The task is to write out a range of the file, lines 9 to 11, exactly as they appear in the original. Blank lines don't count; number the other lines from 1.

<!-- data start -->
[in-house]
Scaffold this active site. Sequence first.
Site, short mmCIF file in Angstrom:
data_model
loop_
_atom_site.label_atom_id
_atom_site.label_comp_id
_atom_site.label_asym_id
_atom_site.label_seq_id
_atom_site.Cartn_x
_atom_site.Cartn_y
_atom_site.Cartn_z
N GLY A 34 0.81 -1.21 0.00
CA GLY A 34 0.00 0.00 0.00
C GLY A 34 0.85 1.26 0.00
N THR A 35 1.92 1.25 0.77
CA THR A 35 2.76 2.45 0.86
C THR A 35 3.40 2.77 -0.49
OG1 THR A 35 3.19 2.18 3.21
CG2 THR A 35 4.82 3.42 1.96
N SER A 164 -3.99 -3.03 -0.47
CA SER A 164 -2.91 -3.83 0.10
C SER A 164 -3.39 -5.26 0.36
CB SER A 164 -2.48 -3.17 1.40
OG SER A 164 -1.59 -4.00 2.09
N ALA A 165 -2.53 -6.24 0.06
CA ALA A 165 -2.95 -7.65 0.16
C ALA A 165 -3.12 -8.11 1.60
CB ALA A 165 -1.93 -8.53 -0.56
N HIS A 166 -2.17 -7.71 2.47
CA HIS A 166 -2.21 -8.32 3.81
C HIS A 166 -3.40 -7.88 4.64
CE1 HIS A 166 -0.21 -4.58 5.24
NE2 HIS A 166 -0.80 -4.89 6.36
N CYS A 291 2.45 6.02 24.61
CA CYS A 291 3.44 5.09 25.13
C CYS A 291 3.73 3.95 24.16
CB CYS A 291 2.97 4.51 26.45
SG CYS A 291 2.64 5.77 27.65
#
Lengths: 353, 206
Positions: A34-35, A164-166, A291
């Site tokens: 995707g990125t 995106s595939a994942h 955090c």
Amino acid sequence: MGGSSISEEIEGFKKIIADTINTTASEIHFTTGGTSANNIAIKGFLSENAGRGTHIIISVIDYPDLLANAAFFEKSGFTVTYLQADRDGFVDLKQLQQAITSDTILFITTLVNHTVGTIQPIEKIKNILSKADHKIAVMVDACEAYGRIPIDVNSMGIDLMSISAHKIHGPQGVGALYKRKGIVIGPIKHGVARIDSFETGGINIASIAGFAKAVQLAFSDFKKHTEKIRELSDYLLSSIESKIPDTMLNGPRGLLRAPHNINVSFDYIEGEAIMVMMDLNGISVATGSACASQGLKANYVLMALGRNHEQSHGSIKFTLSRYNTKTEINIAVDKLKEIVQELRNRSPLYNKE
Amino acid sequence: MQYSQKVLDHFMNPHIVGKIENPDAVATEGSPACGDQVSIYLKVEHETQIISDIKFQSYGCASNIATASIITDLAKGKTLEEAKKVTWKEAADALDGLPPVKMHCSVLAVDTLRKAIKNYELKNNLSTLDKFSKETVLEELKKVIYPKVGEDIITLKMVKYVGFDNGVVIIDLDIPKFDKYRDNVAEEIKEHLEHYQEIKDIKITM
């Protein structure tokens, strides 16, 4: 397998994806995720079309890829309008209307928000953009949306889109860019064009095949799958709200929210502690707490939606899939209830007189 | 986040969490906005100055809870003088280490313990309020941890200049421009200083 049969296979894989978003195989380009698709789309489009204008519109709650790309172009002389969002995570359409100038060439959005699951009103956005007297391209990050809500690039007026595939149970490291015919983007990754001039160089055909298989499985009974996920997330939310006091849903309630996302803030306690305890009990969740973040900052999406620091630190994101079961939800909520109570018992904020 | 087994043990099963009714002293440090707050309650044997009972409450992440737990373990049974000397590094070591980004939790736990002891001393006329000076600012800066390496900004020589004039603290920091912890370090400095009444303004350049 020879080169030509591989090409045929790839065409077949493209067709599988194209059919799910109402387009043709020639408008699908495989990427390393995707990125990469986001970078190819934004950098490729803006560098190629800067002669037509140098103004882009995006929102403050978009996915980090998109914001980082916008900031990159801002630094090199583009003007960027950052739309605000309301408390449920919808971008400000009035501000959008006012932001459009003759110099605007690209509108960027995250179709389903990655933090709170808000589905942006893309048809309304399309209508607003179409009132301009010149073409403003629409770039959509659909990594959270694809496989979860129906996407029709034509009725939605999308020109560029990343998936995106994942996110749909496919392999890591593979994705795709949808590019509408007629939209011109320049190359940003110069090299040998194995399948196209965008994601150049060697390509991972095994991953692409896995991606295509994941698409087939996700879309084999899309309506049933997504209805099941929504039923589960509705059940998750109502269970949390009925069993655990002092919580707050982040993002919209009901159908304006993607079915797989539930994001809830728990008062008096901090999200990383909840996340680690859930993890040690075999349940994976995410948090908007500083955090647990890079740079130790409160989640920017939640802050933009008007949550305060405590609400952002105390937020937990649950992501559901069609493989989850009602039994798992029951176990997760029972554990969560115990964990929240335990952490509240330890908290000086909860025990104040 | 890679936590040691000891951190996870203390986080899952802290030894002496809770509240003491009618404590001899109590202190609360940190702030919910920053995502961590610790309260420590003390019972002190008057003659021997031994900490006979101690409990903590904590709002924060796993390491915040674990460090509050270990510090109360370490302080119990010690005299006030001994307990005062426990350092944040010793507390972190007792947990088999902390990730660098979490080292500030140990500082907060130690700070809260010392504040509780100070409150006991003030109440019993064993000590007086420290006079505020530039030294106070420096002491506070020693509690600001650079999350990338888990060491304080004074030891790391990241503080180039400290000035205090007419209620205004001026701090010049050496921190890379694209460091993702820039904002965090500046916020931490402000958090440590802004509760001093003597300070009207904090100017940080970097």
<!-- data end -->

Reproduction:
_atom_site.label_seq_id
_atom_site.Cartn_x
_atom_site.Cartn_y